CONQUEST OF BENGAL
The British wanted control of the rich province of Be. Alwadi Khan, the Nawab of Bengal, was an able administrator. He had followed a policy of keeping the European merchants under control but after his death, his grandson, Siraj-ud-Daulah became the Nawab. The British started extending the fortification of Calcutta (now Kolkata). Meanwhile, Siraj-ud-Daulah’s troops took over Calcutta. Robert Clive set out from Madras with an army of 900 European and 1,200 sepoys, armed and trained in the European style of warfare and recaptured Calcutta.
BATTLE OF PLASSEY (1757)
It was fought between the forces of East India Company under Robert Clive and the army Siraj-ud-Daulah at Plassey between Calcutta and Murshidabad. Mir Jafar, who wanted to become the Nawab, bribed Indian soldiers to throw away their weapons. Clive easily won the battle.
The British consolidated their position in Bengal by making Mir Jafar, the Nawab of Bengal. He gifted large sums of money and 24 Parganas of Bengal to the British.
But Mir Jafar could not fulfill the constant demands of the British. So, they installed his son-in-law, Mir Qasim, as the Nawab. He granted equal trade facilities to the British and the Indian merchants. This annoyed the British and they attacked him. Mir Qasim took refuge at Awadh with Shuja-ud-Daulah where Mughal Emperor, Shah Alam, was also taking refuge.
BATTLE OF BUXAR (1764)
The Battle of Buxar was very important in the history of India. The East India Company’s victory in this battle established British colonial rule in Bengal Presidency and subsequent expansion of British control all over India.
Mir Qasim, the Nawab of Bengal, refused to be a puppet in the hands of the British. He wanted complete control of Bengal. He wanted to check the growing power of the officials of the East India Company. It resulted in conflict and led to the Battle of Buxar (now in Bihar).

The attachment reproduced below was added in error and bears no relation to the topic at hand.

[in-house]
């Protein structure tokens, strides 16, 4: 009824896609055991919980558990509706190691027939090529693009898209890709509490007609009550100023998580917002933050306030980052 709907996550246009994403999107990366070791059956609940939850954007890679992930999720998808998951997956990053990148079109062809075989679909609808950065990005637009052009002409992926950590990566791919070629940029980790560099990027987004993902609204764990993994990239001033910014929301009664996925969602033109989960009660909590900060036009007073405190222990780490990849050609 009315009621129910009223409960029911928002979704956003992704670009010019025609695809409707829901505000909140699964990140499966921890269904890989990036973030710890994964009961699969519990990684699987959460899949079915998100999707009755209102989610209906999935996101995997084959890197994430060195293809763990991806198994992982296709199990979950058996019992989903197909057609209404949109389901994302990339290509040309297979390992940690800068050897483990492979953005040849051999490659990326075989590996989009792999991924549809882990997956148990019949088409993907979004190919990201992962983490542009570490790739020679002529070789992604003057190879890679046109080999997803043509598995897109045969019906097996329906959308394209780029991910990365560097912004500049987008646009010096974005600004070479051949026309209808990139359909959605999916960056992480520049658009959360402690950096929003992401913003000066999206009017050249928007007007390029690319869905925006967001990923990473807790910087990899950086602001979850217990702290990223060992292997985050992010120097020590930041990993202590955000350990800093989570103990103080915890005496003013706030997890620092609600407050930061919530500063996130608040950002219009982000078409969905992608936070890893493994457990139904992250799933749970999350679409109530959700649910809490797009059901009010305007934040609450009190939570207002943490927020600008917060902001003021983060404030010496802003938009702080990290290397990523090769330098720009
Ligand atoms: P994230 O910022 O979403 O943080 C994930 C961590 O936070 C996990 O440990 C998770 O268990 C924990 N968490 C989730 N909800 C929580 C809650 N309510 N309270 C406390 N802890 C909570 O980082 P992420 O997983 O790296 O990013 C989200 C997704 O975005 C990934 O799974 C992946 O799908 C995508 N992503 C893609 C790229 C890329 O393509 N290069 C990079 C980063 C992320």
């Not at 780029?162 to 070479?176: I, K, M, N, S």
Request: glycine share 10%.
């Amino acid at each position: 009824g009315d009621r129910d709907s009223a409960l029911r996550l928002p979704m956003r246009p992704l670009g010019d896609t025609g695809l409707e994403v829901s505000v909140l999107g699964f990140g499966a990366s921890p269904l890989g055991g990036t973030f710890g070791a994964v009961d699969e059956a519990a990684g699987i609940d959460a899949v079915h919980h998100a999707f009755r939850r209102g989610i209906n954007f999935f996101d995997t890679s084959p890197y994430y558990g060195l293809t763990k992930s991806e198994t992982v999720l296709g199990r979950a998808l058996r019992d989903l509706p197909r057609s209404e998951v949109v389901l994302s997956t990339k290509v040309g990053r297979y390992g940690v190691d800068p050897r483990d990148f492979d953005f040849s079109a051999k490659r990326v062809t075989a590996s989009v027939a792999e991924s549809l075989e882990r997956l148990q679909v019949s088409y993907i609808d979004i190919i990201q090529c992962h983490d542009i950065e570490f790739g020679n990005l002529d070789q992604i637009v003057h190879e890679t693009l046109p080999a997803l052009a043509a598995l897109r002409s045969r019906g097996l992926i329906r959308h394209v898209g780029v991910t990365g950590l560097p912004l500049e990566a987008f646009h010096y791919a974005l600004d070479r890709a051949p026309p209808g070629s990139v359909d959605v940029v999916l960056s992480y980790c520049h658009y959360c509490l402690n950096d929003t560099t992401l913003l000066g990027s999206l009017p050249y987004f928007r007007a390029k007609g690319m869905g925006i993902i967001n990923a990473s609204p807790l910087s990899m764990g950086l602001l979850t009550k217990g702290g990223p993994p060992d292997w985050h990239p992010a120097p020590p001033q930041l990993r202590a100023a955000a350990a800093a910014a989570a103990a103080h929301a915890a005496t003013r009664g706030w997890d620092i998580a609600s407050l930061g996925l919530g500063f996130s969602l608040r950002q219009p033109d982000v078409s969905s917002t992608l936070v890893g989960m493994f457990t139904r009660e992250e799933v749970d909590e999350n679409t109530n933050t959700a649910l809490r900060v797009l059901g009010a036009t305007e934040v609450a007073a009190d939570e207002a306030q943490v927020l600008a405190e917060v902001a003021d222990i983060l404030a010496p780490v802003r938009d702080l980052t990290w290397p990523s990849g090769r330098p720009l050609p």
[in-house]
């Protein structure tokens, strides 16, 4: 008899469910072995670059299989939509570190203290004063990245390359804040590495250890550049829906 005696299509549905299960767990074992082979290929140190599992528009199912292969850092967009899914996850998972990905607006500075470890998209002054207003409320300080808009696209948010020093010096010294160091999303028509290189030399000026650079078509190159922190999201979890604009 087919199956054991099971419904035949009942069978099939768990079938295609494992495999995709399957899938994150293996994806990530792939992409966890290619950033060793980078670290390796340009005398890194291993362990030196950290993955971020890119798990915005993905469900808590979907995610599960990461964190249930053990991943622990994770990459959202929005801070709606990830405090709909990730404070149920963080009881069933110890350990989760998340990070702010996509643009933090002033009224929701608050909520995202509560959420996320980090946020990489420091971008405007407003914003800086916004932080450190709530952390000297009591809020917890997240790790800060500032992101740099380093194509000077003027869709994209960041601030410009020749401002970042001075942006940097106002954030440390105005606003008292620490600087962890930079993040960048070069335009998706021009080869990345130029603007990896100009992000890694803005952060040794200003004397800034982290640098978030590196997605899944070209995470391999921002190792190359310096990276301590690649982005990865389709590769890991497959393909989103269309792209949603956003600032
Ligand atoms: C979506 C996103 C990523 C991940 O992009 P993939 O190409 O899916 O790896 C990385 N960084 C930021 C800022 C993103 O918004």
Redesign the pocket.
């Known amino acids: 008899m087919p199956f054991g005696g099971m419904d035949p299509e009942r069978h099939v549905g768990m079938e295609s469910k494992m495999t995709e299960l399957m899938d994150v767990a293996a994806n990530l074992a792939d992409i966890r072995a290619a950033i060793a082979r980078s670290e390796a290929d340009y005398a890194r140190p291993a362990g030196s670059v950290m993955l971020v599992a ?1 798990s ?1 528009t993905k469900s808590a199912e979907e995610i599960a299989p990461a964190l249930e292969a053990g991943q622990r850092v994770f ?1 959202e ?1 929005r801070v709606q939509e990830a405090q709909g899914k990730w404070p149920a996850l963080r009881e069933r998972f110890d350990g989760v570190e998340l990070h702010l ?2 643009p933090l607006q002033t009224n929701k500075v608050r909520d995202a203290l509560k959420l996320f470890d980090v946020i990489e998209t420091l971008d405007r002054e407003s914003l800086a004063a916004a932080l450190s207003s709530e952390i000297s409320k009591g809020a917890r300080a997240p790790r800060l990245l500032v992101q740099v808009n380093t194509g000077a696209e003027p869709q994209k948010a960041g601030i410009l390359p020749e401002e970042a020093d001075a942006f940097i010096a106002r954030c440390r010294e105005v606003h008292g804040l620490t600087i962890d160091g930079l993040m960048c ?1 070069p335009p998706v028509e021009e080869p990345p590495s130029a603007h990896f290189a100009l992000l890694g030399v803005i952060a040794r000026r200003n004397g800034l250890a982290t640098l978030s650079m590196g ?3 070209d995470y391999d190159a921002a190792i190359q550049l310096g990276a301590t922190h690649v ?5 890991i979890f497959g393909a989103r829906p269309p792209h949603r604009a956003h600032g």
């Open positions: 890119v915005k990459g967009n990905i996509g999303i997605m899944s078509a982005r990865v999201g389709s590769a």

The battle was fought between the British East India Company led by Major Hector Munro and the armies of Mir Qasim, Shah Alam II (Mughal Emperor) and Shuja-ud-Daulah (Nawab of Awadh) of Buxar.
The battle was beneficial for the expansion of the power of the East India Company. It gained the rule and the Diwani – the right to collect the revenue from Bengal, which included Bihar and Orissa (now Odisha).
DUAL GOVERNMENT IN BENGAL (1765-72)
The right to collect Diwani by the British began a Dual Government in Bengal. The Nawab looked after the administration and the company controlled the army, the judiciary and the revenue collection of Bengal. This arrangement gave immense power to the British without any responsibility. But the general public suffered. Thousand of people died in the Bengal famine in 1770 but the company did not help the victims and the Nawab did not have the resources.
In 1772, Warren Hastings, Governor of Bengal, abolished the Dual Government and gained complete control over Bengal.
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